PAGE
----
Czech actress Jana Švandová (66) was taken to a hospital for tests on Saturday to determine whether she had suffered a spinal injury after a traffic accident, the news website iDnes reports. Her vehicle and another crashed head-on, according to the daily. The tabloid Blesk reported that the other motorist had failed to respect weather conditions, skidding on the wet road surface. Police confirmed they were investigating. Jana Švandová is known for roles in dozens of films including The Lovers in Year One and The Garden. In the 1990s, she was the first Czech star to pose for Playboy magazine.
The results of a referendum in Prague 7 which proposed two options on the future of gambling terminals and venues in the district are not valid due to low voter turnout. Only 25.2 percent of locals came to the polls - well short of the minimum 35 percent needed. The referendum presented two options: one of curbing the number of existing venues, the other, of introducing an outright ban. Of those who came to the polls, 3,330 people voted in favor of reducing gambling venues from 26 to 20, while 6,666 voted for ‘zero tolerance’. Even a conclusive result would still have needed approval from Prague City Hall.
The Czech Republic were beaten 3:0 by Finland in the semi-finals of the Ice Hockey World Championship in Belarus on Saturday evening. The Czechs conceded a single goal in the first and second periods before a strike from the Finns late in the game ended all hope of a Czech comeback. Vladimír Ružička's team will now face Sweden in a game to decide third place.
The European elections are seen as second ranking by Czech voters, political scientist Tomáš Lebeda said in response to the apparent record low turnout. Speaking to the Czech News Agency, he said another factor was that part of the country's political elite were opposed to the European Parliament, which resonated with part of the electorate. Pundit Bohumil Doležal said the low turnout reflected the fact the elections had little impact on events in the Czech Republic. He added that they could however provide an indication of how local elections later in the year will go.
Polls have closed on the second and final day of elections to the European Parliament in the Czech Republic. On the two previous occasions that Czechs could vote in European Parliament elections fewer than 30 percent of voters took part; this time it could be less than one fifth, the Czech News Agency reported, quoting election officials. Almost 850 candidates are in the running for 21 seats with results set to be announced late on Sunday.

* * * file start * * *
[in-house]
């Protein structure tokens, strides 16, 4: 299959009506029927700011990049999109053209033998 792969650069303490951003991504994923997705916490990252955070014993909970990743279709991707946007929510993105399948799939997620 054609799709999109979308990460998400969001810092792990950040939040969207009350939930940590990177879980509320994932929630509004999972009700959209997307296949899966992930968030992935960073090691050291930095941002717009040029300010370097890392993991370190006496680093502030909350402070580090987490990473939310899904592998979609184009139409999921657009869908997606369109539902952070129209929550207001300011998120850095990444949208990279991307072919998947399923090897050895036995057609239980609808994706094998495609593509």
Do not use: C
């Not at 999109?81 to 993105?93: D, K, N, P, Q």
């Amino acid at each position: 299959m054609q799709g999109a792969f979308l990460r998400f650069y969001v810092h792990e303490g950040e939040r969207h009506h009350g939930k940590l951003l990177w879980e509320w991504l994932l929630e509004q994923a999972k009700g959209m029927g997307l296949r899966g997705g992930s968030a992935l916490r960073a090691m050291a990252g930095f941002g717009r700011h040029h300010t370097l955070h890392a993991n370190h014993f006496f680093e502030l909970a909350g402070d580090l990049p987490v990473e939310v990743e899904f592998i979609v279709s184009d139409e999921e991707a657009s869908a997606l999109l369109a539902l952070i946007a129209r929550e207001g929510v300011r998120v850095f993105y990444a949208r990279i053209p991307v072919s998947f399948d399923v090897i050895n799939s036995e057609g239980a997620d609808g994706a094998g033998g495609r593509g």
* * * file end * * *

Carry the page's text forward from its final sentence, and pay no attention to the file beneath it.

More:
Speaking after voting in the European Parliament elections on Saturday morning, former Czech president Václav Klaus described the ballot as inauthentic and redundant. Mr. Klaus, a noted Eurosceptic, said he had voted with “great unease” and hesitated about going to the polls for the first time since the fall of communism. He said the low turnout was proof that more and more people were aware that attempts to centralise Europe were a mistake.
The West Bohemian city of Plzeň is preparing a tour of buildings designed by the world renowned architect Adolf Loos. The tour, which also takes in interiors, will be available to visitors from the start of next year, a spokesperson said. Loos, who was born in Brno, received his first commission in Plzeň in 1907 and carried out other projects in the city until his death in 1933. Plzeň will be European City of Culture in 2015.
Eva Samková has become the first snowboarder to win the King of the White Piste, an award voted on by members of the Czech Ski Association. Samková took gold in boardercross at the Winter Olympics in Sochi in February. Speaking at the awards ceremony at Prague’s Žofín on Friday, Samková, who is 21, said she was glad to see that snowboarding was developing in the Czech Republic.
The Ministry of the Interior said that the law on elections was broken when Monika Babišová, the partner of Finance Minister Andrej Babiš, was allowed to cast her ballot twice in the European Parliament elections on Friday. When she placed a ballot paper in a box without an envelope, making it invalid, the chairman of the relevant electoral commission allowed her to cast a second ballot. In addition, Mr. Babiš helped his partner the second time, which is also illegal.
The City of Prague has turned down an offer by eMoneyServices to pay 500 million crowns to continue licensing the multi-purpose Opencard. The mayor said earlier the amount demanded was unacceptable; two studies found the price inflated by one-quarter. City Hall will call a tender to select a new card system; meanwhile, the city will start negotiations on the continuation of the current system for an interim period. The selection of a new card system will evidently spell the end of the controversial Opencard, which cost close to 1.2 billion crowns.
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